An interesting piece in today’s THE “Students’ unions face uphill battle in anti-consumerism fight”. It is covering an academic article that appears in this month’s edition of the British Journal of Sociology of Education, “Students’ unions, consumerism and the neo-liberal university”. It’s an interesting contribution, but one that I think it seriously flawed.

In the THE, one of the article’s authors is quoted saying “The irony for students’ unions is that one of the main means of retaining independence and being able to resist consumerist agendas, is by embracing commercialism and providing services to paying students”. What utter nonsense!

The first assumption that is made in the article is that consumerism or market-like behaviour by students is something new, a phenomenon that started in 2012, or perhaps the early 1990s. In fact many of the behaviours that are citied as all-of-a-sudden prevalent among students “see a degree as a private investment (rather than a public good); be prepared to accumulate significant debt in order to acquire it; and actively ‘shop around’, comparing institutions and courses to secure the ‘best’ possible education” can be identified in students as far back as 600BC in Ancient Greece (I talk about this and many other historical links through the centuries in one of the chapters in the book I co-edited that’s still available in all good book shops i.e. Amazon!). So this is nothing new, and needs to be accepted by the “we’re all going to hell in a handcart, HE doom” brigade if we are ever to build a meaningful and rich understanding of the very complicated relationship students have with their places of learning.

I feel the authors of this piece have made the error of confusing the multi-faceted and high complex relationship universities and unions have with an idealised, single communitarian model. The existing system is critiqued at length and often badged “neo-liberal”, but no alternative is articulated. The truth is that Universities, and for that matter Students’ Unions are very complex organisations and the relationship with students is equally complex.

At its core, a Students’ Union is established to advocate the views and rights of students, this is certainly best achieved through a spirit of partnership with the University. But unions have also developed sophisticated and valuable structures in addition to this, such as organising volunteering opportunities, job shops, sports and societies and commercial services that reflect the wider needs of students and the university community in which they exist. This article seems to assume that this activity is an unnecessary distraction from partnership. I don’t think it is! Students, while at university want a rich and varied set of experiences and it is perfectly acceptable and reasonable for a students’ union to play a role in providing them. If students want to eat Mars bars, then why on earth should a students union not help them to get one?!

I think also, the mistake is made of assuming that consumerism and partnership are mutually exclusive and totally incompatible. I don’t agree with this. If you look at the student journey through education, it is reasonable to conclude that they might make some decision in very similar ways, irrespective of whether it is a consumer or partnership model on offer. I’ve often shown the following table as an illustration of this when giving presentations on the matter:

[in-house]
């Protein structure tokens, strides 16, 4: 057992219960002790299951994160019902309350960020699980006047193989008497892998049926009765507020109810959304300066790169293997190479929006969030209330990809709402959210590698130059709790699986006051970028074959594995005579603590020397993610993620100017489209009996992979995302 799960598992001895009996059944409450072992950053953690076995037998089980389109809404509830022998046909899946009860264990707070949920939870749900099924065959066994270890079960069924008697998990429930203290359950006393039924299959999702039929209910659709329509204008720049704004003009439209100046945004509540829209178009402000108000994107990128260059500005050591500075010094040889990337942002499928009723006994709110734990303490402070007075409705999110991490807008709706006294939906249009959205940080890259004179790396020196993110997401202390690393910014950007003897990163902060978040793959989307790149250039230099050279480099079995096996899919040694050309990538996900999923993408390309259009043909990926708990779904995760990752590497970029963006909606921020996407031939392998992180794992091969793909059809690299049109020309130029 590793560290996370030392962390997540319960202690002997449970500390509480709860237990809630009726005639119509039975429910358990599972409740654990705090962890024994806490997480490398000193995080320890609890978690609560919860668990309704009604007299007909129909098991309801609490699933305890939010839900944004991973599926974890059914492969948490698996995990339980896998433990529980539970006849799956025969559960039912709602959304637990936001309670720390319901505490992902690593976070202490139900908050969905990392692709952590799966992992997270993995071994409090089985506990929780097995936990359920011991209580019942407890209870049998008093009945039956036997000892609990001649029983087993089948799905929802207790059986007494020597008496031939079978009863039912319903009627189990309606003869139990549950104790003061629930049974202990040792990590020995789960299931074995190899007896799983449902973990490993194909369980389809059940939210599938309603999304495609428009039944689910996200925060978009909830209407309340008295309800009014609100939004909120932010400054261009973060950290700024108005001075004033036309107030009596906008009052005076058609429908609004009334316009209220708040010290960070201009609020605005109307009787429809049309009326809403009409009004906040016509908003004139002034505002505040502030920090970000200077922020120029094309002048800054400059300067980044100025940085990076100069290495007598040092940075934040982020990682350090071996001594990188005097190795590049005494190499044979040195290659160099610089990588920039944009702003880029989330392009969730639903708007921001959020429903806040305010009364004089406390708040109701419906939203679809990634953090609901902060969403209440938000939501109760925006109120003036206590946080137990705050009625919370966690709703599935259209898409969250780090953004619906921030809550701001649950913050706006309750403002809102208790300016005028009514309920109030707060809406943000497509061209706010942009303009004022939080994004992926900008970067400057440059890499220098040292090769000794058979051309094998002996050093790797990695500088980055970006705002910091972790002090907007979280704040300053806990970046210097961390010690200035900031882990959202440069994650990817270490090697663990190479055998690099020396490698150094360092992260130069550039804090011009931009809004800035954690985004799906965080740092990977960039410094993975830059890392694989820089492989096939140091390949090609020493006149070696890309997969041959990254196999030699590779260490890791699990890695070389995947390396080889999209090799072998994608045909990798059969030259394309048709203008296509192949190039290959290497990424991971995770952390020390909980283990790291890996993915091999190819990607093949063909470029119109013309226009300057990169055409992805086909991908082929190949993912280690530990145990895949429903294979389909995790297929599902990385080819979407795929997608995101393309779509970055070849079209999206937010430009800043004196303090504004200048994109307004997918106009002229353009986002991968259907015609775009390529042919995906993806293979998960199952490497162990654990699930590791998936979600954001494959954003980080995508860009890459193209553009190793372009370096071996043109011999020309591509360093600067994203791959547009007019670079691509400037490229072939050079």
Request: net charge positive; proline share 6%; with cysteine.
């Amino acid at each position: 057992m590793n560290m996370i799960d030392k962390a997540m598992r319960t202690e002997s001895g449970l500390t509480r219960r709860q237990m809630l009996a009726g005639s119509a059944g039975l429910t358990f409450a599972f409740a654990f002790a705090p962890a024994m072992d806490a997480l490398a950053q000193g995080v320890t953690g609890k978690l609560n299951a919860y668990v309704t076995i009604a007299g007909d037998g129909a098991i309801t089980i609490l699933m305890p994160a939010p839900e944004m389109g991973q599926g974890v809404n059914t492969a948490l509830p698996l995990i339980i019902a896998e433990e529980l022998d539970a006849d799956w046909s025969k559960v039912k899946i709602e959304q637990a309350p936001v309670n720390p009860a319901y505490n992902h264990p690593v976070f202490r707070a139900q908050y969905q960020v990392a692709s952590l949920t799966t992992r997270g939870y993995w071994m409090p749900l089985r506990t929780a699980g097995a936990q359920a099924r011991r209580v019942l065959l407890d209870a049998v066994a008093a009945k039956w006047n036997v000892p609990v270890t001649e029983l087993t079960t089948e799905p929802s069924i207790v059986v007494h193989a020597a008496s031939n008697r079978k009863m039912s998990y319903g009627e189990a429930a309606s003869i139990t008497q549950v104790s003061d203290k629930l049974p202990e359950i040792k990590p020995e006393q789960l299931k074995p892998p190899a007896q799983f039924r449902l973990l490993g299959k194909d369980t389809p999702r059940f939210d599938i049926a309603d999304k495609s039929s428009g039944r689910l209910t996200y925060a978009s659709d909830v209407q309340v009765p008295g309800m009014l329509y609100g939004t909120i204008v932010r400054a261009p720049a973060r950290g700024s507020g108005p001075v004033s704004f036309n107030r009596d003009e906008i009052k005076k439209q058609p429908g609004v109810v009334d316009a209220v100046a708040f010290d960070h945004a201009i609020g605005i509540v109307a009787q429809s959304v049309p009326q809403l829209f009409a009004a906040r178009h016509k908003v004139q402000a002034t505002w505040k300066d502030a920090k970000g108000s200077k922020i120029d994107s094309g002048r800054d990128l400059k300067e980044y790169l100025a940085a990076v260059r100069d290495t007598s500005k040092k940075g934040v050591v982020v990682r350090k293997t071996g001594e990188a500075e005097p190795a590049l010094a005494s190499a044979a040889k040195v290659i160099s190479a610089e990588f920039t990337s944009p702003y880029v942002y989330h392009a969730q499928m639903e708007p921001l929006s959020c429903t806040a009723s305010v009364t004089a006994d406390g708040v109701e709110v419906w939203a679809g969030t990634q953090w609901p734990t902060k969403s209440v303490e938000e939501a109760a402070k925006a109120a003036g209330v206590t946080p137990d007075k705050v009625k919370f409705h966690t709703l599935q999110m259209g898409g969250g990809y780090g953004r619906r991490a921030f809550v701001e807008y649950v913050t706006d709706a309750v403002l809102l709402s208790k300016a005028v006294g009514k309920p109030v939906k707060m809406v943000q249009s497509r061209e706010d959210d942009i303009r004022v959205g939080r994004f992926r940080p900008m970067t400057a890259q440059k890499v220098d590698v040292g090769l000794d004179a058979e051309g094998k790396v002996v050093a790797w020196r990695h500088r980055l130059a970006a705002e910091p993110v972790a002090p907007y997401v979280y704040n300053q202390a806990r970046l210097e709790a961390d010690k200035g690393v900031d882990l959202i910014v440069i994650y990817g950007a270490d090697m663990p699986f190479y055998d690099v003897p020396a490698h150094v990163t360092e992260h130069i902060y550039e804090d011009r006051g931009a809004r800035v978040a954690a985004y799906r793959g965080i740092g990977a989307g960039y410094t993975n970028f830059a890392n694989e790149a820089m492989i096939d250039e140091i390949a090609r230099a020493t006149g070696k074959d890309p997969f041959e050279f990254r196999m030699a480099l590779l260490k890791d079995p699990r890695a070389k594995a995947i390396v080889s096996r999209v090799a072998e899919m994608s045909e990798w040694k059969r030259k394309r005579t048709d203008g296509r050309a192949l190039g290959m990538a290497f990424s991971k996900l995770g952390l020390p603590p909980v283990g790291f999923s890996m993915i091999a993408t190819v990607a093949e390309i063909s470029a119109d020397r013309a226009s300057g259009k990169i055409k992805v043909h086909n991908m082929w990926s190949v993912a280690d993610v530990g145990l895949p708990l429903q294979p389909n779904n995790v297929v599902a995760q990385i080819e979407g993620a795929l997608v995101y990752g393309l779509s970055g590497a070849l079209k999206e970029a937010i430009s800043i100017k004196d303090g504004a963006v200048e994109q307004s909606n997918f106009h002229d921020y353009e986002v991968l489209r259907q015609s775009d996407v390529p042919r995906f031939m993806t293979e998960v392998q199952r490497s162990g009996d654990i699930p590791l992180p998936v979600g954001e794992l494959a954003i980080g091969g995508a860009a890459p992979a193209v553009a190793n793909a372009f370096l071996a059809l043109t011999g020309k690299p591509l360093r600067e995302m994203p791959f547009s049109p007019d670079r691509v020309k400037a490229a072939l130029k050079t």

Consumer Partner
Choice of a range of providers X X
Choice between a range of courses X X
Make informed choices X X
Free to chose course that suits you X X
Pay fee X X
You can provide feedback X X
You can suggest improvements X X
Provider is the expert X
You are responsible for your education X
If it breaks, you can take it back X

The key difference, as is highlighted at the bottom of the table is the level of responsibility students have for their own education. If students do not actively engage with the learning opportunities available to them at University, then they will gain nothing and will not be to go back and request a replacement of themselves after three years of study!

Advertisements

2 responses »

  1. Broadly agree, but I’m not sure about the table – tend to think that if rephrasing quite subtly gives a different picture. So, replace “You can provide feedback” with the more partnery “You exchange feedback” and I think that fits more awkwardly with consumer (when commercial providers try to manage customer expectations they tend to be very indirect about it, whereas at uni it’s more like Lydia from Fame – “Learning costs, and right here is where you start paying. In sweat. So I was taken with Jurgen Enders’ comparison between higher education and gym membership – as you say at the end, you have to work at both. Consumers can pay for premises, kit & services and they will inevitably insist on particular attitudes & behaviours of the employees of the business (see the NUS benchmarking exercises) – but fitness / education cannot be bought.

  2. […] few weeks ago, I wrote about a polemic, dressed up as research, that had been published arguing that the partnership […]

Leave a Reply

Fill in your details below or click an icon to log in:

WordPress.com Logo

You are commenting using your WordPress.com account. Log Out / Change )

Twitter picture

You are commenting using your Twitter account. Log Out / Change )

Facebook photo

You are commenting using your Facebook account. Log Out / Change )

Google+ photo

You are commenting using your Google+ account. Log Out / Change )

Connecting to %s